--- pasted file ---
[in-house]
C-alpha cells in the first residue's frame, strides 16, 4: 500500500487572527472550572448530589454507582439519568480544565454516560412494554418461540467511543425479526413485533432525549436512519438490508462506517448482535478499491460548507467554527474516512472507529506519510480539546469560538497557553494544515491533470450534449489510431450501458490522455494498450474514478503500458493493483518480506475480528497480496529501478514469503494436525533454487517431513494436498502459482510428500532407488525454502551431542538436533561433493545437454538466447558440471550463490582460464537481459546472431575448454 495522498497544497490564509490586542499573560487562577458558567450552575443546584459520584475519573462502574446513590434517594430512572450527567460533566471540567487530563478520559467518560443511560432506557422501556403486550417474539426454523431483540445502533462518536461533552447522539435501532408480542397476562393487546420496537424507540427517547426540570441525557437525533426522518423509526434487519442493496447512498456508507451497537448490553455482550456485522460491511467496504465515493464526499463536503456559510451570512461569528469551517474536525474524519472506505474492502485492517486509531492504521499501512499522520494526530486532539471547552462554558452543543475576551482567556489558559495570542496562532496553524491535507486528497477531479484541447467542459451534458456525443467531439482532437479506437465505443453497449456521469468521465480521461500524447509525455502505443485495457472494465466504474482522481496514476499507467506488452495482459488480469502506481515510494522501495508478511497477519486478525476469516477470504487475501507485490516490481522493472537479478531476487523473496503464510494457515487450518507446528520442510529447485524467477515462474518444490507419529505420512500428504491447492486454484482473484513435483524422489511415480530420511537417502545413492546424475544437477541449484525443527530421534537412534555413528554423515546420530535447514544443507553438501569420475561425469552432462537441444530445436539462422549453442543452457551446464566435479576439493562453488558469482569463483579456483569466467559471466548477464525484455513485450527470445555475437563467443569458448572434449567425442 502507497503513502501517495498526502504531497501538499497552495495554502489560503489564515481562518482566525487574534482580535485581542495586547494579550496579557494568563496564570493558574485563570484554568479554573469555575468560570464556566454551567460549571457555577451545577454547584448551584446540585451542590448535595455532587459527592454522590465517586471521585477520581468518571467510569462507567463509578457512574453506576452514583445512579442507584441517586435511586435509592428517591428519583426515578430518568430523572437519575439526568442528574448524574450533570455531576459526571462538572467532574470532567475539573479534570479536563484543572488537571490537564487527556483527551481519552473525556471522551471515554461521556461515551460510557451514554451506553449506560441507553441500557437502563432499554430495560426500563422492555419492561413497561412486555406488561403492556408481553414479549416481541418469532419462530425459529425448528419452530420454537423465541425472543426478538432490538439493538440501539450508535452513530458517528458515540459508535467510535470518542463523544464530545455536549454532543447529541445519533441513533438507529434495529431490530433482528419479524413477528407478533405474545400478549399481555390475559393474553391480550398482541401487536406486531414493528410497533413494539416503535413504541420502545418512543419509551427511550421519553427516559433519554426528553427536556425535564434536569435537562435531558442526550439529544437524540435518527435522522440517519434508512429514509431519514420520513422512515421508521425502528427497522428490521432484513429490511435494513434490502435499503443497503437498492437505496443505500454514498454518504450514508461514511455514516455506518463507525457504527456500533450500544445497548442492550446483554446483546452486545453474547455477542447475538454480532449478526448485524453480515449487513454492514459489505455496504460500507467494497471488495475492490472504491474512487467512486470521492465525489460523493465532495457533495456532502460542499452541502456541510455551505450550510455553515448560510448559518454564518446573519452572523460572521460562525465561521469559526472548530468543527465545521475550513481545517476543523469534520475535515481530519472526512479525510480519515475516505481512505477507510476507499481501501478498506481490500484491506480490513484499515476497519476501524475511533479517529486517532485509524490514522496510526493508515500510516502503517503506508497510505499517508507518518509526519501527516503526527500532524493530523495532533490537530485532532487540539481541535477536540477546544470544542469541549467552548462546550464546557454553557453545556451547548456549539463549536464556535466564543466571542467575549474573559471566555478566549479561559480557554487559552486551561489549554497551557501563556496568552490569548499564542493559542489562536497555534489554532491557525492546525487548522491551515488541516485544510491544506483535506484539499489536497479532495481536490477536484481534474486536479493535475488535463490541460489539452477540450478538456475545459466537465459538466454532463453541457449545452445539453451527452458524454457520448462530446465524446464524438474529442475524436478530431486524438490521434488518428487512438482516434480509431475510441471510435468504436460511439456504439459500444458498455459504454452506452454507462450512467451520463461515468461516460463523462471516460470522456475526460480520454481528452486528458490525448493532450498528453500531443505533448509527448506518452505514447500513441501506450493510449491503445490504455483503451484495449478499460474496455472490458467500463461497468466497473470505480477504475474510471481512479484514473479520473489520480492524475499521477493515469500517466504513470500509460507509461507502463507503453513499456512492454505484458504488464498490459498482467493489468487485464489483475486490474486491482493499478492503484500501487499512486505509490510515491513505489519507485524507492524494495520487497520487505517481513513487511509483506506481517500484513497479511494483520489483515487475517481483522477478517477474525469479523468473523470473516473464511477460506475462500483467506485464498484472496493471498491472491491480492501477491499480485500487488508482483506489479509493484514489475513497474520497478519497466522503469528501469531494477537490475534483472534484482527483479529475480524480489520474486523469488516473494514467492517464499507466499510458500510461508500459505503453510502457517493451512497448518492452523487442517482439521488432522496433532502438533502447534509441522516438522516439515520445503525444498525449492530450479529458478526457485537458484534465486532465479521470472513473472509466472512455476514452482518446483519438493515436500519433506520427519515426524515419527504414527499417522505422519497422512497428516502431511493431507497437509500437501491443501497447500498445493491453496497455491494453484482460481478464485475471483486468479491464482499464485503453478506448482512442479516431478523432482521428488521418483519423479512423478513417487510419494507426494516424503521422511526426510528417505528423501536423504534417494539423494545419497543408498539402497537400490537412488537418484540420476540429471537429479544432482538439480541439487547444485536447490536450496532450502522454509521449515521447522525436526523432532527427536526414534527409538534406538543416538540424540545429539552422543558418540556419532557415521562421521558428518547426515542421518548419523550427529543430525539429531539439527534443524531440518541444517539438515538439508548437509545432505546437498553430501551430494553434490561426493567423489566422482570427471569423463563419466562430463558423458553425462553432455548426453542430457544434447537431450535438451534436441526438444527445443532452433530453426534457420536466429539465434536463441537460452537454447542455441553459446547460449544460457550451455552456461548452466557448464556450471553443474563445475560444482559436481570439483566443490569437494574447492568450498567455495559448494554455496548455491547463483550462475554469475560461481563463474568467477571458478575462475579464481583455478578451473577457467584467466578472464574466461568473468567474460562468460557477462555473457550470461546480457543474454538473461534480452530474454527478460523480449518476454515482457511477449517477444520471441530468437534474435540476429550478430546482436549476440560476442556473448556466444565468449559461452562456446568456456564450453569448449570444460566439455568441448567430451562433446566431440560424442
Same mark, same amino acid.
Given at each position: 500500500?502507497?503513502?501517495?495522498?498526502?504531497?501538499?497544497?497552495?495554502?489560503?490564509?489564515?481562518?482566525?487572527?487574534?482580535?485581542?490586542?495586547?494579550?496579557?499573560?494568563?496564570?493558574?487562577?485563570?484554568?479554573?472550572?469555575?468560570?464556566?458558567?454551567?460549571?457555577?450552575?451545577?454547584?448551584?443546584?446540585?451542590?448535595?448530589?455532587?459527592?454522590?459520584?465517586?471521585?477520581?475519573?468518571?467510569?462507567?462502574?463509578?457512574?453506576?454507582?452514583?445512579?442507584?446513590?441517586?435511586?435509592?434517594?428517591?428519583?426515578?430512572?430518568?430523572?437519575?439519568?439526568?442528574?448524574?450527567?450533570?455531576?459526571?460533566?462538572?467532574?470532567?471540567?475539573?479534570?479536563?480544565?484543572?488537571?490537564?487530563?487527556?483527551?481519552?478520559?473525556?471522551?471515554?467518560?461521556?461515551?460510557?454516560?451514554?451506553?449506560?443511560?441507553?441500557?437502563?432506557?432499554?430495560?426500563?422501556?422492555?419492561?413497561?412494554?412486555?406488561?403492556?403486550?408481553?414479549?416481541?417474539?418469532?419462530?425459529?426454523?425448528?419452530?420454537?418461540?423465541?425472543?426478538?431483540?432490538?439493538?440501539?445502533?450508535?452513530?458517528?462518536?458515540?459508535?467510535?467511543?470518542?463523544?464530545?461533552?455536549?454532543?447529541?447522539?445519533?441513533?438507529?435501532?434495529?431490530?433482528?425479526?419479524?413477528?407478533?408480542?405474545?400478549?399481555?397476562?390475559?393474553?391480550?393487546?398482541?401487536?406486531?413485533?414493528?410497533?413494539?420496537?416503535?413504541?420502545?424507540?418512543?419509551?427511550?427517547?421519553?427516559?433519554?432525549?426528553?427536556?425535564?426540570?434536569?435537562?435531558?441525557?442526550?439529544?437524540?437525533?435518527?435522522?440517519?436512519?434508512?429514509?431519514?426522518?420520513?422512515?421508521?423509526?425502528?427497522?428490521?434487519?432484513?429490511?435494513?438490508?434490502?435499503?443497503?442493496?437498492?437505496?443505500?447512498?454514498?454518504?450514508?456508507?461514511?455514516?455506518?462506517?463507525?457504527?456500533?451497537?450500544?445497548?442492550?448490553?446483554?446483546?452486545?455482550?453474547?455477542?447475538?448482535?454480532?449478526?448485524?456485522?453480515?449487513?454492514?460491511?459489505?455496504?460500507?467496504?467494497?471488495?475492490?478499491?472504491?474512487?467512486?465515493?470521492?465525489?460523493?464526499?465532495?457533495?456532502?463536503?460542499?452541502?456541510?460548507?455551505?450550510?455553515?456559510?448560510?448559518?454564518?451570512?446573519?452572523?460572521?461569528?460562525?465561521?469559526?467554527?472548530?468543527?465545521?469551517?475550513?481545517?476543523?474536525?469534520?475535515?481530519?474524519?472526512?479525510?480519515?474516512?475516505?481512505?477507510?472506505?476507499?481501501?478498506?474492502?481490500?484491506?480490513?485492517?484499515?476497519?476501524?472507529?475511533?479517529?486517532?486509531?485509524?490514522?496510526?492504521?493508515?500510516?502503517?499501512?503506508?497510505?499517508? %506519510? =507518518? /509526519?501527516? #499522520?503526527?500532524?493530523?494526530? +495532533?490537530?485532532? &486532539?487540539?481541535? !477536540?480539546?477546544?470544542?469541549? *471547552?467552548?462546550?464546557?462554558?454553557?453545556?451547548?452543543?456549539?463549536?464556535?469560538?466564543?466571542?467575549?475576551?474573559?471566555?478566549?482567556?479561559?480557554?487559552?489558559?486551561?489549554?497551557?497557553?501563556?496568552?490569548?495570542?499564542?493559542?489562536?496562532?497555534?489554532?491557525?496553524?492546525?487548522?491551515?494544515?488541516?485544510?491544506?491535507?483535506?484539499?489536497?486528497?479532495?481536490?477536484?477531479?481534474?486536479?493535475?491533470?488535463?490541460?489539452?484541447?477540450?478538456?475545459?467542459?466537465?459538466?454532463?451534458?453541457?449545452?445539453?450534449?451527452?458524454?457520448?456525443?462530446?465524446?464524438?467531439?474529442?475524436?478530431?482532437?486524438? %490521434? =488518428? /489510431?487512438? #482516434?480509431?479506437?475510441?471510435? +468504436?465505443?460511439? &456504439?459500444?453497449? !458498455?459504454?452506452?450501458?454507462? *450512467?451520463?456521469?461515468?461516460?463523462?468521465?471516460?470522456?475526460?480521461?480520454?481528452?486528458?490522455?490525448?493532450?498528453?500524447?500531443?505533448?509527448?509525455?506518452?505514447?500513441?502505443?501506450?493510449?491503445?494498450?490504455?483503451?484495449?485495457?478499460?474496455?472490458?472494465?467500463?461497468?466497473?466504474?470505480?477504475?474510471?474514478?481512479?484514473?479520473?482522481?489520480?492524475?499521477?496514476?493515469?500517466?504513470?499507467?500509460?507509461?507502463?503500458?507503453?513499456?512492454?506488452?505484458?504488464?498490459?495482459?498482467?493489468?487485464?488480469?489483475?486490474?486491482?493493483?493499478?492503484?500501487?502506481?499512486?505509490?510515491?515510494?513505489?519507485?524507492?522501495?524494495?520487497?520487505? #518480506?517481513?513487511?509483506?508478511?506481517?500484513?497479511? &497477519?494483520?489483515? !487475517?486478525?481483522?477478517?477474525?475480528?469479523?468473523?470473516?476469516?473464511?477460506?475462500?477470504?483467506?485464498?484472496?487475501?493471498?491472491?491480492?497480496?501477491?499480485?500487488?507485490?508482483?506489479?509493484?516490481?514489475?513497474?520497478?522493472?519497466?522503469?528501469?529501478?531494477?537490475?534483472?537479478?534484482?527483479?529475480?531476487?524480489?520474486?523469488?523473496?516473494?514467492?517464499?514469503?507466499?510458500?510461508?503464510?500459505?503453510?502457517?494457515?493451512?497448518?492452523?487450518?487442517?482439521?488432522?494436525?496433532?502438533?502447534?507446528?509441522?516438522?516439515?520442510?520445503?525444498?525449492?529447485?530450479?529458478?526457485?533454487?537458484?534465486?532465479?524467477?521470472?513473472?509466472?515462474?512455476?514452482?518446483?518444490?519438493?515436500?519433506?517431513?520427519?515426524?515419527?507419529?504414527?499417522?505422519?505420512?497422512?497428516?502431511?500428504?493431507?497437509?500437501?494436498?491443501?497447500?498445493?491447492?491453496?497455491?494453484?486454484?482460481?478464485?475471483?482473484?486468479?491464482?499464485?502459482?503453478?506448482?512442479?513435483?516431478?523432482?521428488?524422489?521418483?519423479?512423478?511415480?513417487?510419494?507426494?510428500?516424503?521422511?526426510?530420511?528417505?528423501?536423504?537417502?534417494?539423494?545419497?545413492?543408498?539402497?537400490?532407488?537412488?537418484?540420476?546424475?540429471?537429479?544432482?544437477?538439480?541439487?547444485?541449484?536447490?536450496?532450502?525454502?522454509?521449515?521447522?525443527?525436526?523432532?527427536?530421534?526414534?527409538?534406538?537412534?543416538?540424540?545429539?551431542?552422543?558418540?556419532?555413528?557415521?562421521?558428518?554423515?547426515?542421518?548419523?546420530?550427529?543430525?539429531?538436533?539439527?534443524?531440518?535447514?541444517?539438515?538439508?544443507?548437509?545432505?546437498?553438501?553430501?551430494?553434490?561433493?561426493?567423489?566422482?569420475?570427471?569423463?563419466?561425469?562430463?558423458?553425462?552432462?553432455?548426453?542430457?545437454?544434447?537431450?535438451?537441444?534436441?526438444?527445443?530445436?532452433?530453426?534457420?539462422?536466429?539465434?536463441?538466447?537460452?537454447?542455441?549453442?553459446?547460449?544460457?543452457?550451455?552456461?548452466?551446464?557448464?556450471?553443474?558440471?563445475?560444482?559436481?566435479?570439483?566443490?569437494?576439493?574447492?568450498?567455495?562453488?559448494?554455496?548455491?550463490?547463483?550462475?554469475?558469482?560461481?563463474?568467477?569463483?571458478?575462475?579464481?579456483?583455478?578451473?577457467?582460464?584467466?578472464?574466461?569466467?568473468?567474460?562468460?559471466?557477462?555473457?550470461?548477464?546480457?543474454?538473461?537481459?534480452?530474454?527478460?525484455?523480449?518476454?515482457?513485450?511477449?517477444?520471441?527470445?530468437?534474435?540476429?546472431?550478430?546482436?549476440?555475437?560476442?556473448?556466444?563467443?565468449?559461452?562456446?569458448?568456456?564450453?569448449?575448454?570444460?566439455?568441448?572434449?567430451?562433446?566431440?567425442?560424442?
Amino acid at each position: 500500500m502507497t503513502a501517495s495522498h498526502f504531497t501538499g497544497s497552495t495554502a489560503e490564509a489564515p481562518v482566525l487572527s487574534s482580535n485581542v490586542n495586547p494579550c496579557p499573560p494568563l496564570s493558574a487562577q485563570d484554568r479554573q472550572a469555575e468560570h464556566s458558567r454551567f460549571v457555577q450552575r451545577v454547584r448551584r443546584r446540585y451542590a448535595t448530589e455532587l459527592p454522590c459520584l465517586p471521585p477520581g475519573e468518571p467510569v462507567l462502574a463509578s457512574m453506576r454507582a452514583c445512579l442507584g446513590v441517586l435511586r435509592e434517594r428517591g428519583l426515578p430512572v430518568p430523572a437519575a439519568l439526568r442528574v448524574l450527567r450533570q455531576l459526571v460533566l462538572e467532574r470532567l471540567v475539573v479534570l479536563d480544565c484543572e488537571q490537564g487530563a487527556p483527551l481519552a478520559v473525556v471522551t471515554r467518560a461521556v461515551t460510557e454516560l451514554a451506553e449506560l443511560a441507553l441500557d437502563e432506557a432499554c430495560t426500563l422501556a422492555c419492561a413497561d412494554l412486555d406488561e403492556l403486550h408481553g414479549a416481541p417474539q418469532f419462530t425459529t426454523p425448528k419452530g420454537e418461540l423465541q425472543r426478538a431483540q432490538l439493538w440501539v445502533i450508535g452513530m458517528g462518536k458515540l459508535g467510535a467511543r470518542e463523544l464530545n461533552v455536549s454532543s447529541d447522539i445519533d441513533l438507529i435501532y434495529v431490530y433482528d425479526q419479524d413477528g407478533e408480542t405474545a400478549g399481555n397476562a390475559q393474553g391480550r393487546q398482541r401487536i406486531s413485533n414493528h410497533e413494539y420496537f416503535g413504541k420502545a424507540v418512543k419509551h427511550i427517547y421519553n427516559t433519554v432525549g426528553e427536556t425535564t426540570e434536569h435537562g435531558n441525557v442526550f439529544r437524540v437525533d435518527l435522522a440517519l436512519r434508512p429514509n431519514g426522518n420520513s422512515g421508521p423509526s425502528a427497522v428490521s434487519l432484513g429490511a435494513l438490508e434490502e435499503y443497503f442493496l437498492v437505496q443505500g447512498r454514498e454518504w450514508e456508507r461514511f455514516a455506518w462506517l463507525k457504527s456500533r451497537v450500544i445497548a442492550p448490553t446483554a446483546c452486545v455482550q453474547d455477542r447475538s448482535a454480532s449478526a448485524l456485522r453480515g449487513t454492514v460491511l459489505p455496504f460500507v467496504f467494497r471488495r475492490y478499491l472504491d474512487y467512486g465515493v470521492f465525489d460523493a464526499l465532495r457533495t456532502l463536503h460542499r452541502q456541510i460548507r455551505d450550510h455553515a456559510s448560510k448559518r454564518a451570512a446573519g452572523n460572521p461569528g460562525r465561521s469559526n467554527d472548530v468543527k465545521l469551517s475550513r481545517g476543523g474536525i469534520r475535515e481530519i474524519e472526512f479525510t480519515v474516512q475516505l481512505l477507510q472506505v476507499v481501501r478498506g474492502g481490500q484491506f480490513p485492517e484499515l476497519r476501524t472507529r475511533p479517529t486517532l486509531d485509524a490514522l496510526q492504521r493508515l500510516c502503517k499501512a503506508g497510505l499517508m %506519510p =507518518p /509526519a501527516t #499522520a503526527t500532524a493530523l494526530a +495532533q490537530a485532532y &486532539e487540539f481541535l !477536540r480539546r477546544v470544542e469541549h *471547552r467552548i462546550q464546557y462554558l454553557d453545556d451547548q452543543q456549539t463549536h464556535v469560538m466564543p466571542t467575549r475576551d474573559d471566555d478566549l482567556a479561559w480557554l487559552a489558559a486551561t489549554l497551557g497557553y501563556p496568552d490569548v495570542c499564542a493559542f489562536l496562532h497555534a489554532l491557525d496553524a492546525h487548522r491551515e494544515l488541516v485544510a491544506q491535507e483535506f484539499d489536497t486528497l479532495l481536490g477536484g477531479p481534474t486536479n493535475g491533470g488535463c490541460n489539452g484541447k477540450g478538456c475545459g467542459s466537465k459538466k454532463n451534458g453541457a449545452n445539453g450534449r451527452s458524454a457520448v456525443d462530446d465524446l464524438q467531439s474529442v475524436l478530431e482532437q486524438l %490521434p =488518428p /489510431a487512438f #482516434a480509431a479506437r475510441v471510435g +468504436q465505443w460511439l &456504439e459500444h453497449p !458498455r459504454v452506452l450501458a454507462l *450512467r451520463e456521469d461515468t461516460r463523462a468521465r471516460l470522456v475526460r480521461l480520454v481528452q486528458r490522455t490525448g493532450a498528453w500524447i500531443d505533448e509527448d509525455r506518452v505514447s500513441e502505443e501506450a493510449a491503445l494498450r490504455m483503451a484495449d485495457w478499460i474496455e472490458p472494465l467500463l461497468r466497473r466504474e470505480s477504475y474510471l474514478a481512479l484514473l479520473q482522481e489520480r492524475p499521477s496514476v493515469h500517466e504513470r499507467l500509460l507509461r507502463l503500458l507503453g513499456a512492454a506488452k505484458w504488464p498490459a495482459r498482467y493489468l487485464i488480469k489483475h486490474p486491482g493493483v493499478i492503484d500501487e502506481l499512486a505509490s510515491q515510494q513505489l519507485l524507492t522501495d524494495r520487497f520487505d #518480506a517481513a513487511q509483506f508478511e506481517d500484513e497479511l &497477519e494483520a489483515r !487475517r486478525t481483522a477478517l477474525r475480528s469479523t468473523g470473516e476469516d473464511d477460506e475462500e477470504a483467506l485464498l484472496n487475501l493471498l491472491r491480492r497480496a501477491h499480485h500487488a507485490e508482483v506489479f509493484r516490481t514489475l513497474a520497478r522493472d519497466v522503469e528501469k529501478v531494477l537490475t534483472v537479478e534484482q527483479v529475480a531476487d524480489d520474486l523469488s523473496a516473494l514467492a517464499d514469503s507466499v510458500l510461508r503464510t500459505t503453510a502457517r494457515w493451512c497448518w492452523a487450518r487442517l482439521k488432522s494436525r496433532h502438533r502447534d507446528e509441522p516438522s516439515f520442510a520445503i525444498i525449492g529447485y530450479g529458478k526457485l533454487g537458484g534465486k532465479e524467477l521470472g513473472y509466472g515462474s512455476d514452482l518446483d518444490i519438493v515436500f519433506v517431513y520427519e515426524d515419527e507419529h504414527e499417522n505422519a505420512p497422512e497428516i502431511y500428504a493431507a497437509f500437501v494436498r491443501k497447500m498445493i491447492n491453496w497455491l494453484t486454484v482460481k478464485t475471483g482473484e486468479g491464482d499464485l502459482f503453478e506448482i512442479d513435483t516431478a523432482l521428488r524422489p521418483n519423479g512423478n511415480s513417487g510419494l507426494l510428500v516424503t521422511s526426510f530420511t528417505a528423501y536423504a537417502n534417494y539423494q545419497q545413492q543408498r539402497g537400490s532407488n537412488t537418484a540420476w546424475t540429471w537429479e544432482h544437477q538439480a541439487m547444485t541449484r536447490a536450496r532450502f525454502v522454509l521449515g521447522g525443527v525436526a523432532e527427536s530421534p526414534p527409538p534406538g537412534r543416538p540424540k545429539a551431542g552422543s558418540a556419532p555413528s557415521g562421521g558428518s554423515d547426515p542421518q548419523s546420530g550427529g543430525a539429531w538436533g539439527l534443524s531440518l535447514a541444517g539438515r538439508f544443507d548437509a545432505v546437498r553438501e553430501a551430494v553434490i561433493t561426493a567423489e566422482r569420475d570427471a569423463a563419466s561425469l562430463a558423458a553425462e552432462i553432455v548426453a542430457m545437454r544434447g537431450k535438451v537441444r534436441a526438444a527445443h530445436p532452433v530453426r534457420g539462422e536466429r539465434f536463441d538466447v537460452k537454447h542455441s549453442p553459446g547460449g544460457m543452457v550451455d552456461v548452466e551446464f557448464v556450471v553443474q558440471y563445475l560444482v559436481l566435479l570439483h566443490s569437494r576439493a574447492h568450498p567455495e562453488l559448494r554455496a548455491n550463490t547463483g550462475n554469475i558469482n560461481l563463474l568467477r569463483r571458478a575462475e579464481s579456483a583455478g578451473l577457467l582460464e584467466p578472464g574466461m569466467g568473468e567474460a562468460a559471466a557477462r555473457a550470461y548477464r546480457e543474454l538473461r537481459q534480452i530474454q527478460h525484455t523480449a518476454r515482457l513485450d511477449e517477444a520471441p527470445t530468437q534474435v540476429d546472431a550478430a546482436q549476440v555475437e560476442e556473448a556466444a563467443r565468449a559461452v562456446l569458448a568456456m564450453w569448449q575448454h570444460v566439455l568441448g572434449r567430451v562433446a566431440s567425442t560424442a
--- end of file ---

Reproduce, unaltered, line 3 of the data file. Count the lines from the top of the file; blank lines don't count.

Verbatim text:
Same mark, same amino acid.